Joint Chiefs Chair Visits Haiti To Examine Aid Response
Joint Chiefs of Staff Chair Mike Mullen, who is President Barack Obama's top military adviser, visited Haiti over the weekend to examine relief and rebuilding efforts and meet with local leaders, Agence France-Presse reports. It was his first visit to the country after the earthquake, according to AFP.
Mullen "met President Rene Preval and Prime Minister Jean-Max Bellerive, as well as visited U.S. troops stationed here," according to the news service. David Johnson, a U.S. defense spokesperson in Haiti, said of Mullen's trip, "It's a chance for him to come out and get his boots on the ground and visit with his troops."
"The chairman reiterated President Obama's pledge to remain committed to the mission here and to helping the Haitian people in this time of need," said U.S. Army Colonel Bill Buckner of the military Joint Task Force in Haiti (2/27).
Six U.S. soldiers involved in the aid response in Haiti have been diagnosed with malaria, Buckner said, the Associated Press reports (2/27). One of the soldiers almost "died of malaria before being taken to a Fort Bragg, N.C., hospital, according to an Army doctor who recently spent two weeks in Haiti," Stars and Stripes writes (Montgomery, 2/27).
Meanwhile, the AP examines how the earthquake has affected Haiti's local agriculture sector with a focus on rice farming. "Last month's catastrophic earthquake that spurred emergency food needs for more than 4 million has raised a familiar predicament for aid organizations how to help without undermining Haiti's fragile economy. ... Since the quake, aid groups have spearheaded cash-for-work programs, some of which intend to help struggling farmers pay for seed. They're also helping with irrigation and crop diversification projects and working with Haiti's government to analyze soil."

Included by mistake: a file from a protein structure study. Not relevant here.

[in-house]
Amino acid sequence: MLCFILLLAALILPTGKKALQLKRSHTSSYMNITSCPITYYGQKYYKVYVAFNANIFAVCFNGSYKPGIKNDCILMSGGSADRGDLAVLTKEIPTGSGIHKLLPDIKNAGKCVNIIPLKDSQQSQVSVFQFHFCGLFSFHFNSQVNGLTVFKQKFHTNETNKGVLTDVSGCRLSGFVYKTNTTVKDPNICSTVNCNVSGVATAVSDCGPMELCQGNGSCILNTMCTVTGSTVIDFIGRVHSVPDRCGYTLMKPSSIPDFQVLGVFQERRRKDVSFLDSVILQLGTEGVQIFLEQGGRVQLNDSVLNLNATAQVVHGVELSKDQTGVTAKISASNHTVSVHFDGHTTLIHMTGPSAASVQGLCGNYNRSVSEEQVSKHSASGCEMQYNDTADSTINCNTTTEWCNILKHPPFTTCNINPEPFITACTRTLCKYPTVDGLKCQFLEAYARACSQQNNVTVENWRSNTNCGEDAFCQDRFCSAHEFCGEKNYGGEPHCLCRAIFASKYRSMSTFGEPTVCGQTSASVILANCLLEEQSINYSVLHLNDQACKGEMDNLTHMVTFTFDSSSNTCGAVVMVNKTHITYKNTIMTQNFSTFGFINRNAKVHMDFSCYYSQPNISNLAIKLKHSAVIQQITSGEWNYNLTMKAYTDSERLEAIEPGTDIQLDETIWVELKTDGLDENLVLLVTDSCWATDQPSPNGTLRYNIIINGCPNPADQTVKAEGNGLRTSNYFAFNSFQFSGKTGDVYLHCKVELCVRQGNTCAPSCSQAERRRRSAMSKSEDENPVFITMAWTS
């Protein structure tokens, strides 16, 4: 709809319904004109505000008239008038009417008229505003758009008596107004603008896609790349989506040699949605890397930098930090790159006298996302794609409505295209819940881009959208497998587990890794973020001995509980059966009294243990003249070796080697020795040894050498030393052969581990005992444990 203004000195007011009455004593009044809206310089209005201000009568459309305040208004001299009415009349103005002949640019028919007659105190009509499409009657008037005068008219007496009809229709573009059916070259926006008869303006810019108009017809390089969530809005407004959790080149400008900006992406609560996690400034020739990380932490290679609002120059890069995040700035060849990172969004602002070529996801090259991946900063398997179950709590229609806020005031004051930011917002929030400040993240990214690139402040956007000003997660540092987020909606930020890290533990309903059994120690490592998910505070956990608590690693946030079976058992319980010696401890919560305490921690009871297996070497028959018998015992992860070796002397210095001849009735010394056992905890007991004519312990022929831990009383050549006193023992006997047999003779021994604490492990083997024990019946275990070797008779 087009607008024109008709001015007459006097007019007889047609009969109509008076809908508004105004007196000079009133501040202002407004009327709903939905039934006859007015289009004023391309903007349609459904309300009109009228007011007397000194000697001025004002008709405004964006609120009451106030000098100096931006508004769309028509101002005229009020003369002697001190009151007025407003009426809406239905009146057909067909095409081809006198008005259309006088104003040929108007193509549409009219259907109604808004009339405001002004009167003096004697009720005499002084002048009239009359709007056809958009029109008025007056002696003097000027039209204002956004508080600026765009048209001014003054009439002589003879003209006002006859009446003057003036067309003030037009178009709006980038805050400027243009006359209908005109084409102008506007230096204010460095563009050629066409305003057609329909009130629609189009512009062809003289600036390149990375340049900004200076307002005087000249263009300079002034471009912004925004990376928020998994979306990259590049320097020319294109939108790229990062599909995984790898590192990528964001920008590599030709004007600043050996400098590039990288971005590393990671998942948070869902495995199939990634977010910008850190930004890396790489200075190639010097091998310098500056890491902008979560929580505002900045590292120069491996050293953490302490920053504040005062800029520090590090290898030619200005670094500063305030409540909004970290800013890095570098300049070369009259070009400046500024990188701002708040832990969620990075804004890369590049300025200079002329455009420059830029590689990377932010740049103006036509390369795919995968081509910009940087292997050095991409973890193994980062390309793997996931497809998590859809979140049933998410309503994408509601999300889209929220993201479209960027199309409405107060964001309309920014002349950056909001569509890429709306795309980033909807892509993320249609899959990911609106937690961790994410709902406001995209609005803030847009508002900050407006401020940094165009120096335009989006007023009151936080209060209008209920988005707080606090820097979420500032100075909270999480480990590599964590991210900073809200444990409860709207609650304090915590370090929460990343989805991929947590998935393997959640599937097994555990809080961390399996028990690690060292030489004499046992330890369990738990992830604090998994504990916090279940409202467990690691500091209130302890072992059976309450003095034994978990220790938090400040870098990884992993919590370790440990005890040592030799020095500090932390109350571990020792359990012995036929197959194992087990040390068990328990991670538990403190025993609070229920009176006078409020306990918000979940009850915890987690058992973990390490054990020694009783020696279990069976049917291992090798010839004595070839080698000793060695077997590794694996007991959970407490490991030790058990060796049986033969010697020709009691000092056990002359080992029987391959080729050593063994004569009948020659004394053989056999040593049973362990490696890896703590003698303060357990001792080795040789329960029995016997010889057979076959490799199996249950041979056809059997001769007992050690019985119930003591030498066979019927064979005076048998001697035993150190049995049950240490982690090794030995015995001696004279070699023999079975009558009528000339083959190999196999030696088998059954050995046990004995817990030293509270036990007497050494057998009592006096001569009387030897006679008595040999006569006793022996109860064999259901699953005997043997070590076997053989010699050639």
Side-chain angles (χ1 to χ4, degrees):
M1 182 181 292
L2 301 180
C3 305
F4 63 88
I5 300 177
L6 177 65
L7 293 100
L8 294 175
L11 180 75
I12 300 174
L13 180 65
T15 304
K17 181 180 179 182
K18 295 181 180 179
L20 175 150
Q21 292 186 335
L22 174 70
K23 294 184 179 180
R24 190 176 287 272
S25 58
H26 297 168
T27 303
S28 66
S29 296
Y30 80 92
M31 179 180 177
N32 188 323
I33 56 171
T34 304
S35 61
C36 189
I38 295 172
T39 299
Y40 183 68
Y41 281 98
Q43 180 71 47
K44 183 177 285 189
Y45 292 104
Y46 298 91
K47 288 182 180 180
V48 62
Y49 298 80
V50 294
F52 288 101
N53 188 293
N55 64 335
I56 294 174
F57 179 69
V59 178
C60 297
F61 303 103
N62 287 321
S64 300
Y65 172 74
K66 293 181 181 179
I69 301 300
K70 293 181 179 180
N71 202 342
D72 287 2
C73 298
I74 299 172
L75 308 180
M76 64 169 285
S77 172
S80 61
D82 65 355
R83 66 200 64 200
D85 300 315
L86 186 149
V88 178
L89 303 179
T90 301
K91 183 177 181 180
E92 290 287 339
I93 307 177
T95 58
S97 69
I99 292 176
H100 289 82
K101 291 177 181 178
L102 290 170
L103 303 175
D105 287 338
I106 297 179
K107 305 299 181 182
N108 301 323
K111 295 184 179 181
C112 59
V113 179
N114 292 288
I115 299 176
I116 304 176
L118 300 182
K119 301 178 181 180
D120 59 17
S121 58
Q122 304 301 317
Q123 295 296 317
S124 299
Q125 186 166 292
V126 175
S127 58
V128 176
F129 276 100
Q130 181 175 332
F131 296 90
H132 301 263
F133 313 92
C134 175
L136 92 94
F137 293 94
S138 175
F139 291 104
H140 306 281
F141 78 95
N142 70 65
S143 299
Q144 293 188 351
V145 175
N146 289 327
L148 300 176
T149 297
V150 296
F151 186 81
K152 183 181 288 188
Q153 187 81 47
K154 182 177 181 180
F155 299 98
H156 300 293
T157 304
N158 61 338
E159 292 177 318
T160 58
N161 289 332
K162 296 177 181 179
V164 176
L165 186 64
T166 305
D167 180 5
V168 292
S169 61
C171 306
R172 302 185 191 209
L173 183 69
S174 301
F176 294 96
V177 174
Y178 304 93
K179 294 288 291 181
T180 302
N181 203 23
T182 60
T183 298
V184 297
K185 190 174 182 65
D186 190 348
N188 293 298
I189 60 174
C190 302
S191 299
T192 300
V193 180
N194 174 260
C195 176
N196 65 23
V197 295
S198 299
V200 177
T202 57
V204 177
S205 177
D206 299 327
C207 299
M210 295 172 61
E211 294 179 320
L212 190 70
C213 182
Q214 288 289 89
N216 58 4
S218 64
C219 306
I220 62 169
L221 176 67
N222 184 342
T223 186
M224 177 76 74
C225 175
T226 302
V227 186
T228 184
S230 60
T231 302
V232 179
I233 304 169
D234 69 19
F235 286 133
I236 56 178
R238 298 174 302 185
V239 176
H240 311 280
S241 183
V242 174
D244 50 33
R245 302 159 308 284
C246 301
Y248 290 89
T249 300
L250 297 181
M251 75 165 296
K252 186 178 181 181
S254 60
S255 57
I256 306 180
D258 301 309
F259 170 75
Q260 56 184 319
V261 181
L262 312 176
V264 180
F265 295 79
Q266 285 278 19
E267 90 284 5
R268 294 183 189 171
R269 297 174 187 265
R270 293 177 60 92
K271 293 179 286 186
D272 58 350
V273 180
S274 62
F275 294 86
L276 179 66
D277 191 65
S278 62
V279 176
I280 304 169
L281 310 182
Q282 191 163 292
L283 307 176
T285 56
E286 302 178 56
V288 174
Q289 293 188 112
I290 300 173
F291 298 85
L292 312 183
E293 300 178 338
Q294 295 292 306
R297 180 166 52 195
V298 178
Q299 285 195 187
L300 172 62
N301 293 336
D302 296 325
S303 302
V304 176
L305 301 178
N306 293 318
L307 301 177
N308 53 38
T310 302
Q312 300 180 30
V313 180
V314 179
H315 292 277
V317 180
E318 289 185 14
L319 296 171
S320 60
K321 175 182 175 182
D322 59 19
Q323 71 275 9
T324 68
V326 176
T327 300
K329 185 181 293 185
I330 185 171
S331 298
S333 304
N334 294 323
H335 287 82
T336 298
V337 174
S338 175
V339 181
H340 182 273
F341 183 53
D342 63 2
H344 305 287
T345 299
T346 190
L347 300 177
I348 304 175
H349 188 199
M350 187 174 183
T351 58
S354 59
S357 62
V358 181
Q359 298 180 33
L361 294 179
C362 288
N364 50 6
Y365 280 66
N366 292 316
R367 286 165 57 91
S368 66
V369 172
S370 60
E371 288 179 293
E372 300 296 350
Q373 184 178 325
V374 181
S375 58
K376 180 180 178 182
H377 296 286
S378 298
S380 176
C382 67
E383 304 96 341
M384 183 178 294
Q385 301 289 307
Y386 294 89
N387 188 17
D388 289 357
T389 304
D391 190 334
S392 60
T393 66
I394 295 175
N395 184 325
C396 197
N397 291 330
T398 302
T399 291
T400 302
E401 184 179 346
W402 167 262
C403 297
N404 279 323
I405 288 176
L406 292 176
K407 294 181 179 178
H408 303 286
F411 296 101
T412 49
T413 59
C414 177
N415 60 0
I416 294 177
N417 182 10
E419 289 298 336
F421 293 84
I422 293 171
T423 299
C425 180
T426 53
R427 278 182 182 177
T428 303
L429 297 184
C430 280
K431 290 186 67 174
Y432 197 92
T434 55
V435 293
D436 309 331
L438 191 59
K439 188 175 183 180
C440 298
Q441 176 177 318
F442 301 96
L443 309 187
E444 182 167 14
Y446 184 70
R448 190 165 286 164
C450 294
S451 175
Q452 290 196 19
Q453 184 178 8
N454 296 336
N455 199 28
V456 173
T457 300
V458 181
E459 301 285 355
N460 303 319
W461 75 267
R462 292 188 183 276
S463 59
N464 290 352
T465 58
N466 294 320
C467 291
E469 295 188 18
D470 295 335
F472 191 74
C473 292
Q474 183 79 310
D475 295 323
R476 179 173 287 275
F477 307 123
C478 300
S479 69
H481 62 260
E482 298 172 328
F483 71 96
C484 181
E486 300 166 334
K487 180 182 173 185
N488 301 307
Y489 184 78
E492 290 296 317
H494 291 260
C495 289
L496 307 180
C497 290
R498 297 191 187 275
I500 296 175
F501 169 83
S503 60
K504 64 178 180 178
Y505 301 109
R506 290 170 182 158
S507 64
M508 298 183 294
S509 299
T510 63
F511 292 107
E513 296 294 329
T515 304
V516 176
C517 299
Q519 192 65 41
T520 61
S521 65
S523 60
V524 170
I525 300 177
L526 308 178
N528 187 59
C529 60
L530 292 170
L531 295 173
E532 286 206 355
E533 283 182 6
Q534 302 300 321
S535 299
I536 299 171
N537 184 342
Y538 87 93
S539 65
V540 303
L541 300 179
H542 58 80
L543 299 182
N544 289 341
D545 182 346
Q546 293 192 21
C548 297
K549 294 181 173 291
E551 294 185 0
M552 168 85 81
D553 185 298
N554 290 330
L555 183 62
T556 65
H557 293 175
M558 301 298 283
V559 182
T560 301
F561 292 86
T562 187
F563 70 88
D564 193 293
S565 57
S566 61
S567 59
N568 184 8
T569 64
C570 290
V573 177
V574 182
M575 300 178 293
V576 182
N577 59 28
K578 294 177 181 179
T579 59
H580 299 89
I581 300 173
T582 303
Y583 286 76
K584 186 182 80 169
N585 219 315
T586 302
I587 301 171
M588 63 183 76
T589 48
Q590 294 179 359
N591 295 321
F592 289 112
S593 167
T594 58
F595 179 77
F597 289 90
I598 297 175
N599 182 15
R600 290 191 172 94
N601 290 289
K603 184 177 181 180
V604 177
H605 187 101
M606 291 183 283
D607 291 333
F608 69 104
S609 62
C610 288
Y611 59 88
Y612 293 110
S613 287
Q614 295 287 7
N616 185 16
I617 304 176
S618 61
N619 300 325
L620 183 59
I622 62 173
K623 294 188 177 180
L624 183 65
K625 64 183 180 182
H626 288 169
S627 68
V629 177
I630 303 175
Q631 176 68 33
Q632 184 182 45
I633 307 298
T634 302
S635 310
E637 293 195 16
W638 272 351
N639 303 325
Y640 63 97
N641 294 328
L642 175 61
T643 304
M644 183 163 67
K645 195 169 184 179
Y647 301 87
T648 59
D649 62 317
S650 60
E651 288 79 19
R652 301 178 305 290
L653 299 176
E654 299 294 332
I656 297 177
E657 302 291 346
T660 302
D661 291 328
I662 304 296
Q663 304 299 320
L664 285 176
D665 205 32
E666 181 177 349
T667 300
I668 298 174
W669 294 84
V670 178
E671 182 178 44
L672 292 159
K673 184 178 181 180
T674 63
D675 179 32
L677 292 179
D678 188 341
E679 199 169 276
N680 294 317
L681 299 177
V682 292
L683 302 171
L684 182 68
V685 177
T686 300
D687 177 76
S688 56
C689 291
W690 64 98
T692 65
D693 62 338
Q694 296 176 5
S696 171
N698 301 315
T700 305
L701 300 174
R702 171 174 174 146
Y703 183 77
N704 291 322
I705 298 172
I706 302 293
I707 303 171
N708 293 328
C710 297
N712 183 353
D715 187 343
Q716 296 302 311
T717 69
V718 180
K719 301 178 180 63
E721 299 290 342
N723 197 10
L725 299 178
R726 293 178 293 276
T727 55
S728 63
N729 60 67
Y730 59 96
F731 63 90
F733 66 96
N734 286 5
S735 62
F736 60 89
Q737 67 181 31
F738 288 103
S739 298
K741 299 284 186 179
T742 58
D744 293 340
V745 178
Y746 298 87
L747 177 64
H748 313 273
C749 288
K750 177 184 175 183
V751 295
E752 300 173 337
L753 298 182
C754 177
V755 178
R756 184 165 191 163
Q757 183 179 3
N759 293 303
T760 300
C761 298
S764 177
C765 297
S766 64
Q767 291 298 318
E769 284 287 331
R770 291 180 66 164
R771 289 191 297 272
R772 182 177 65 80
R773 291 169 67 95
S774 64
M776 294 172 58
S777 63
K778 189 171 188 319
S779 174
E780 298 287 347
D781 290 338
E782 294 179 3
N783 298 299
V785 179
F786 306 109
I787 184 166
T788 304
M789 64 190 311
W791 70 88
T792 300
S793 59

The article looks at the challenges Haiti faces to produce enough food for its population and includes quotes from agronomist and a USAID official (Dodds, 2/27).
UNAIDS Report Highlights Increased Risk Of HIV/AIDS Transmission In Haiti
UNAIDS "is calling for action to prevent the spread of the AIDS virus in earthquake-stricken Haiti. A study [.pdf] by UNAIDS warns of a substantial risk of the spread of the deadly virus in overcrowded camps for Haitian survivors of the disaster," VOA News reports (Schlein, 2/27). "The report explains the current situation in Haiti and what may be required to meet the immediate and intermediate [HIV/]AIDS response needs. UNAIDS will continue to revise and update this assessment as new information becomes available," according to a UNAIDS press release (2/26).
It identifies "seven priority areas, including rebuilding health systems, protecting the displaced from HIV and revitalizing HIV prevention programmes," according to the U.N. News Centre. The report says that the country will need an extra $70 million to respond to deal with HIV/AIDS over the next six months. Before the earthquake, Haiti's HIV/AIDS budget was $132 million and about 120,000 people were living with HIV/AIDS there.
Michel Sidibe, executive director of UNAIDS, said the large number of people in temporary shelters exacerbates the risk for violence, including gender-based and sexual violence. "Programmes are urgently needed to reduce vulnerabilities to HIV and ensure protection," he said. "The country's epidemic is driven largely by heterosexual sex and more than half of those living with HIV are women," the U.N. News Centre writes.
"Makeshift treatment clinics under tents have popped up to increase access to treatment, but the Ministry of Health estimates that less than 40 percent of the 24,000 people living with HIV who were on treatment before the disaster have access them," according to the news service (2/26).
In related news, the AP looks at the lessons that are being learned from the response to the earthquake in Haiti (Hanley, 3/1).This is part of the KHN Morning Briefing, a summary of health policy coverage from major news organizations. Sign up for an email subscription.